What is the Overtraining Syndrome?
Overtraining the body without taking time to rest can have a physical and mental impact on athletes and exercisers, leading to a condition known as overtraining syndrome. Excessive training can result in long-term decreases in athletic performance, which can take weeks or months to recover from.
Overtraining's psychological effects can also result in unfavorable mood changes. Some research has linked overtraining syndrome to increased anxiety and depression symptoms. Learn how to recognize the signs of overtraining and what you can do to cut back to avoid injury or burnout.
Overtraining Syndrome: Definition and Signs
Overtraining syndrome occurs when you exercise too much or too hard without giving your body enough time to rest. It's common among elite athletes who push themselves beyond their bodies ability to recover, especially when preparing for a competition or sporting event.
There are several signs to look for that may indicate you are overtraining. The following are some of the most common symptoms of overtraining syndrome:
- Appetite suppression or weight loss
- Feelings of depression, anxiety, moodiness, or irritability
- Injuries or headaches
- Heart rhythm or heart rate irregularity
- Sense of being washed out, tired, or drained
- Reduced competitiveness
- Reduced immunity
- Mild muscle or joint pain
- Reduced intensity, or performance during training
- Concentration issues
Tips to Prevent Overtraining
Because everyone responds differently to different training routines, predicting whether you're at risk for overtraining can be difficult. However, it is critical for anyone to vary their training throughout the year and schedule adequate rest time. It is advised that you objectively measure your training routine and make adjustments along the way to avoid injury.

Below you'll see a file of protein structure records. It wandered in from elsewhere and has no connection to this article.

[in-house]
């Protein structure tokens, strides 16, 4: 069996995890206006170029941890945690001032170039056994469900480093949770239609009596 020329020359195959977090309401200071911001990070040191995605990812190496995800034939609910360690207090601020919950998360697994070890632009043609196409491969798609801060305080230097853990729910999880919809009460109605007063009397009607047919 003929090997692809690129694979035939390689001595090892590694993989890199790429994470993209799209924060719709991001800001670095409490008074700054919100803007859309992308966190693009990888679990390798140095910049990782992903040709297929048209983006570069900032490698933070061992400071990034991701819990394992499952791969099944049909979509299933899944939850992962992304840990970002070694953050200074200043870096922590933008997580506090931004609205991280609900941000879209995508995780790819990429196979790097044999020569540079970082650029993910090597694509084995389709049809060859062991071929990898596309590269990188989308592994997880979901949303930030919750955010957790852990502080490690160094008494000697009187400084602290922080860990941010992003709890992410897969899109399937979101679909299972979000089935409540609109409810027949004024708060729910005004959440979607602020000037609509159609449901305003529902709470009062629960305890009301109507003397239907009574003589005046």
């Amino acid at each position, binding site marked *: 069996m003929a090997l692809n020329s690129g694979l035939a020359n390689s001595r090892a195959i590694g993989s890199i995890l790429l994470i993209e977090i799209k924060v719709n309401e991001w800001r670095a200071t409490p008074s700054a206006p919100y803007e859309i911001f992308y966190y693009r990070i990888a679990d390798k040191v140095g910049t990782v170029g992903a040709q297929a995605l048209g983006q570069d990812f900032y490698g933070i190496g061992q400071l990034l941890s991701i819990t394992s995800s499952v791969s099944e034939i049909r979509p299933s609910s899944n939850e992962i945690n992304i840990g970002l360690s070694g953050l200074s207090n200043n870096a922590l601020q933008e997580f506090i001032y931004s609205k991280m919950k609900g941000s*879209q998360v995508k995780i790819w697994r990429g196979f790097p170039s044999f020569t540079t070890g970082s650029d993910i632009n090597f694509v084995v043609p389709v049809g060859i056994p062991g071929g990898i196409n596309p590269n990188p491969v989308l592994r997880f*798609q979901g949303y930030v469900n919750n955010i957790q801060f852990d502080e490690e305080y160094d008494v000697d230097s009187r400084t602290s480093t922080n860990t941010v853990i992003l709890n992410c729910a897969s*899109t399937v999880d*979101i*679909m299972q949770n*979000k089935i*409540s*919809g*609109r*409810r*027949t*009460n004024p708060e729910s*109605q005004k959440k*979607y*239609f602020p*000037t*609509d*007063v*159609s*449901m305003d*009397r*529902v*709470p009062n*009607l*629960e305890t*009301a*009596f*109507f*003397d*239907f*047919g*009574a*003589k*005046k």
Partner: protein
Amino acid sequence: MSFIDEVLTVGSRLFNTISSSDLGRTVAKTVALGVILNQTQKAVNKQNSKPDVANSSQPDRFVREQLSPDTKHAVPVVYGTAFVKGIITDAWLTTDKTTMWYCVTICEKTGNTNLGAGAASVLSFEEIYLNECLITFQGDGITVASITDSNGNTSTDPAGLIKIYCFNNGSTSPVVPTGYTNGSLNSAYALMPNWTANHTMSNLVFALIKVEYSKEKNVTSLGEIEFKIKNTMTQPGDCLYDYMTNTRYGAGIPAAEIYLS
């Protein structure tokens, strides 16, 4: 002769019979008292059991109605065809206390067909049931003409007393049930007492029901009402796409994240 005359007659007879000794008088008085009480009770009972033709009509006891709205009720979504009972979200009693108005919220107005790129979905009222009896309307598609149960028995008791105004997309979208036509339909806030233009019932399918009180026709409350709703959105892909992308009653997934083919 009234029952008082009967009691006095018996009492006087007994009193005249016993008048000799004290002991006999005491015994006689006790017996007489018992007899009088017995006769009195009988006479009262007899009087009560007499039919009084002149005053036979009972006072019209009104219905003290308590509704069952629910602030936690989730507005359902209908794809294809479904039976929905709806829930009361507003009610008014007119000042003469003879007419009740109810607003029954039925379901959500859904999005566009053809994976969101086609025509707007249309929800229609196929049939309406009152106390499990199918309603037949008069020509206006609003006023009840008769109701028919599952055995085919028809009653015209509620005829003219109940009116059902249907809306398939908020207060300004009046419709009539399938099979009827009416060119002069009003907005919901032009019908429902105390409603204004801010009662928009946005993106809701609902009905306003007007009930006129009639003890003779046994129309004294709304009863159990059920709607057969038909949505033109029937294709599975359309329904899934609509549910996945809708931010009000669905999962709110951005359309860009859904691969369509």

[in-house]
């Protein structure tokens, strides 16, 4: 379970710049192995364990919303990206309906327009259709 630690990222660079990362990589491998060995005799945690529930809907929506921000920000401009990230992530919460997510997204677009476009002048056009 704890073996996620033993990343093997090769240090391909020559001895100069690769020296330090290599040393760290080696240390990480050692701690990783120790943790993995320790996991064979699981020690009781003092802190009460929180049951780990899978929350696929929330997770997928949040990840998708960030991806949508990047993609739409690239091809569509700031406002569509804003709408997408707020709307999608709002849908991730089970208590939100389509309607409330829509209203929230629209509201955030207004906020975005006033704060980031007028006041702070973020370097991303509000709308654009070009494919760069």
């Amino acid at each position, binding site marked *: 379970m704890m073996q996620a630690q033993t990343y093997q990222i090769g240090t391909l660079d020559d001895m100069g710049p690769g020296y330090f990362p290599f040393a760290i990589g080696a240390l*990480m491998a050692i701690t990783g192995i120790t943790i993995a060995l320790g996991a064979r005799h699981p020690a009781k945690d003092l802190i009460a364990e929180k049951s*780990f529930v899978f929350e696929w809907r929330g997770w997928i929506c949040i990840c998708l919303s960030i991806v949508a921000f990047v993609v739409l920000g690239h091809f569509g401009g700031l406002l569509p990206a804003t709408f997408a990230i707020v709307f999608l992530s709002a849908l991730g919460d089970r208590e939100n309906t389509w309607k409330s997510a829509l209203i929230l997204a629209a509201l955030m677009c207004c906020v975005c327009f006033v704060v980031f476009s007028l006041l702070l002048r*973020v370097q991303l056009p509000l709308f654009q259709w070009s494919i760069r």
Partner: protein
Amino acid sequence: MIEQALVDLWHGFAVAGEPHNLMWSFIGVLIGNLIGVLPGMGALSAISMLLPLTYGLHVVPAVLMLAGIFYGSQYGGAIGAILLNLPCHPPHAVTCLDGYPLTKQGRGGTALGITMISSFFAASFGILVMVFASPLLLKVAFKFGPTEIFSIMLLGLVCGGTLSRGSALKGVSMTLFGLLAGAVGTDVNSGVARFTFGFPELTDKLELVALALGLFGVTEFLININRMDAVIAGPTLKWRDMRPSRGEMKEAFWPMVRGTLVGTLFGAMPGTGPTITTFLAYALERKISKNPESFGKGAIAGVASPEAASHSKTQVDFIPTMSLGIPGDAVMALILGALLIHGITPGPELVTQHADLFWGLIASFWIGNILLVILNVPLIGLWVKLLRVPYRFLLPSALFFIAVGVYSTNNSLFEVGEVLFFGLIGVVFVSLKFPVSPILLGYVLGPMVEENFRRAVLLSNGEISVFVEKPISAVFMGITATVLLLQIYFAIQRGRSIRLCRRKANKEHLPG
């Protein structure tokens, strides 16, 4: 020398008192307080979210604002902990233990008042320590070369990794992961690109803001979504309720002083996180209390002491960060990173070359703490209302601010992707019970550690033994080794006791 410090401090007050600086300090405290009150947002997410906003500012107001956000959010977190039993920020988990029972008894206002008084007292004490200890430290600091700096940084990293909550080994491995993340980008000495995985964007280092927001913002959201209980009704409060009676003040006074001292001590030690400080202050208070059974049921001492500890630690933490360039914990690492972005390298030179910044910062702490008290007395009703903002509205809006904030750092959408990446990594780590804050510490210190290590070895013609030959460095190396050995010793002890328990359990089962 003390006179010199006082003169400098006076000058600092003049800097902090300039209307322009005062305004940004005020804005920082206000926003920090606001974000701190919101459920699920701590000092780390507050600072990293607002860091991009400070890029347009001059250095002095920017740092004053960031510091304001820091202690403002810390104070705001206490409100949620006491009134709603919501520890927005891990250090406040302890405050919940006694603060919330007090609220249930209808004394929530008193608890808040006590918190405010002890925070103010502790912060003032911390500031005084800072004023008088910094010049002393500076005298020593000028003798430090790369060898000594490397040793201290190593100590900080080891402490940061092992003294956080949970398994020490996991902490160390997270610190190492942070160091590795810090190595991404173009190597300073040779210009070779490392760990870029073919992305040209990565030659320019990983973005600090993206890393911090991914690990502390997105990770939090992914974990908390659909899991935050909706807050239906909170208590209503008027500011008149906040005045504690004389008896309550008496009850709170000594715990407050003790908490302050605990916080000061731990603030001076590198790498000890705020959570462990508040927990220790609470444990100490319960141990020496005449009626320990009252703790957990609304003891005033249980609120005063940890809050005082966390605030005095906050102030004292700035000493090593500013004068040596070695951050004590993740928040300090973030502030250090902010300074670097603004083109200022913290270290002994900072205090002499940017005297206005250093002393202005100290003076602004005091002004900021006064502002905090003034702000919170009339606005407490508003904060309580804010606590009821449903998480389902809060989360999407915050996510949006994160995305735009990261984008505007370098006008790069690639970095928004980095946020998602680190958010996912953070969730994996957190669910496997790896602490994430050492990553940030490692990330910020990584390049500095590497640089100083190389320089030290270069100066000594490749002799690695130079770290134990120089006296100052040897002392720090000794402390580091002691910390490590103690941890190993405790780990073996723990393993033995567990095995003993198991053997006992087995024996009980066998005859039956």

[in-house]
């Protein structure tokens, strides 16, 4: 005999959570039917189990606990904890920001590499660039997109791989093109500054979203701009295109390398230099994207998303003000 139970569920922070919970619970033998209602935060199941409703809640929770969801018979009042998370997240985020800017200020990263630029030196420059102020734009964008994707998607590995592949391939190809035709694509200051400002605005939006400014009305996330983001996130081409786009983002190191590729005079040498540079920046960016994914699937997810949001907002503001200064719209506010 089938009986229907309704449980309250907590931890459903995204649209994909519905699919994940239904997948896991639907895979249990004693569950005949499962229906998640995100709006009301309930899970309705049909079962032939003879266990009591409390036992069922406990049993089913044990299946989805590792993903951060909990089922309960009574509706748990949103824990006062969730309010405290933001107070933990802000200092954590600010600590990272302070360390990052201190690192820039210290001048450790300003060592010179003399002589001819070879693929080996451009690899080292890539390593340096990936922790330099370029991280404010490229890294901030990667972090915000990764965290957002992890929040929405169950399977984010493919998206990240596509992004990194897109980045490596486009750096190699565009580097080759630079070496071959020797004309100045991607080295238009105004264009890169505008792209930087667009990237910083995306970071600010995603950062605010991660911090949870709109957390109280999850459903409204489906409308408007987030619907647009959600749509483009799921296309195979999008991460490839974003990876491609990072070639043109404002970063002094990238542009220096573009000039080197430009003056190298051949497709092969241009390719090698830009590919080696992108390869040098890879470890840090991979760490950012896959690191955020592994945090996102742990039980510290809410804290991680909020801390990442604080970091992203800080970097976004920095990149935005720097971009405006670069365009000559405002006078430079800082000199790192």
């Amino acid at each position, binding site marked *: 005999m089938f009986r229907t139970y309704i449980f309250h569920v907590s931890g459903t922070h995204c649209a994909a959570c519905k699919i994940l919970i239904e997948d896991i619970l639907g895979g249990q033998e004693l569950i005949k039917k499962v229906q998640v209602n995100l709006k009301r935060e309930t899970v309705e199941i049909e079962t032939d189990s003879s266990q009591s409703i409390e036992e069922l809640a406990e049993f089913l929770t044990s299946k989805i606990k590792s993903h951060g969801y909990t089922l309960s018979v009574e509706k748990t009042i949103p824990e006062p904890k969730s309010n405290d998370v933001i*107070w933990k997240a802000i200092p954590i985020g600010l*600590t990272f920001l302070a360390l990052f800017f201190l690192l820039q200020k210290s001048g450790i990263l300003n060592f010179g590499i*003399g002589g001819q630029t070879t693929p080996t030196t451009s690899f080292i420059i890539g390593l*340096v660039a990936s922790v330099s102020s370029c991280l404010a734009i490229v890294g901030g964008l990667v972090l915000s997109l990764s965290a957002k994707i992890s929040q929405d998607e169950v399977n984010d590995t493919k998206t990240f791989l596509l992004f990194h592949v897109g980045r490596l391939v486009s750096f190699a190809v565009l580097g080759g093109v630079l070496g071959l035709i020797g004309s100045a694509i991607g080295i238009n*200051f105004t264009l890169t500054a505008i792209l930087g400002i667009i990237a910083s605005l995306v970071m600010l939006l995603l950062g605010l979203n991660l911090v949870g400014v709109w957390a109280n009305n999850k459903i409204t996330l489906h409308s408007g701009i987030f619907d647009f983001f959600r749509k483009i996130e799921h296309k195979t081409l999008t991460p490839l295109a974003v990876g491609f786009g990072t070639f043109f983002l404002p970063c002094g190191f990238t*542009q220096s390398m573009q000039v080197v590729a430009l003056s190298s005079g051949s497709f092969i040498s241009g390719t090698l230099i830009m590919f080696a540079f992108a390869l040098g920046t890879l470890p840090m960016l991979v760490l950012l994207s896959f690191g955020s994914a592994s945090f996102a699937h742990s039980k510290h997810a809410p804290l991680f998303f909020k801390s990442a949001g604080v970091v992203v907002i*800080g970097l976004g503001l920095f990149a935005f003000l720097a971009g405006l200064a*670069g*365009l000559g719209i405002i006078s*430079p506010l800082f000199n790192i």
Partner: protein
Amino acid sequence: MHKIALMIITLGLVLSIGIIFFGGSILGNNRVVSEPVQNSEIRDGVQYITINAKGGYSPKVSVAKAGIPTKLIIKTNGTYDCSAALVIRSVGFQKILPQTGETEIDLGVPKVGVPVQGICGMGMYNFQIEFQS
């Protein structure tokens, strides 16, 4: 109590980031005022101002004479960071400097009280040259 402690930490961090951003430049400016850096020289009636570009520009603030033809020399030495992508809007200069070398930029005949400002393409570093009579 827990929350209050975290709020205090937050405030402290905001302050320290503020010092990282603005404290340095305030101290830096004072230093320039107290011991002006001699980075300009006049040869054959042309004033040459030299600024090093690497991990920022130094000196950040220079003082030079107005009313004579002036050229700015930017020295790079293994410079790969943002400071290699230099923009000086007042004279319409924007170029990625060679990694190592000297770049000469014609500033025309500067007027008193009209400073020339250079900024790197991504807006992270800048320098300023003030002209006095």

While there are numerous methods for objectively detecting overtraining, psychological signs and symptoms associated with changes in your mental state are frequently an indicator. If you believe you are training too hard, try the following strategies to avoid overtraining syndrome.
1. Monitor your mood.
After a few days of intense overtraining, decreased positive feelings for sports and increased negative feelings such as depression, anger, fatigue, and irritability are common. When you notice these feelings, take some time to rest or reduce the intensity.
2. Keep a training log.
A training log that includes a note about how you feel each day can assist you in noticing downward trends and diminished enthusiasm. It's critical to pay attention to your body's signals and rest when you're feeling especially tired.
3. Check your heart rate.
Another option is to monitor your heart rate over time. Make a note of your heart rate at rest and at various exercise intensities while training. If your heart rate rises at rest or at a given intensity, you may be suffering from overtraining syndrome, especially if any of the symptoms listed above appear.
4. Do a heart rate test.
The orthostatic heart rate test can also be used to assess your recovery. Rest for 10 minutes, then record your heart rate for a minute, stand up, and record your beats per minute at different intervals (15 seconds, 90 seconds, and 120 seconds).
Athletes who are well-rested will have a consistent heart rate between measurements, whereas athletes on the verge of overtraining will have a significant increase (10 beats per minute or more) at the 120-second measurement.
Now that you understand the signs and symptoms of overtraining syndrome, the first step toward returning to your regular training regimen is rest, hydration, and proper nutrition. Returning to peak performance may take some time, so try to be patient with yourself during the recovery process. Consult your doctor if your symptoms persist or if you are having difficulty striking a healthy balance between training and rest.
Always remember to listen to your body when participating in any physical activity. Recognize when you are working too hard and allow yourself to rest. Working one-on-one with a sports medicine doctor, physical therapist, or personal trainer after you've recovered can help you reach your fitness goals.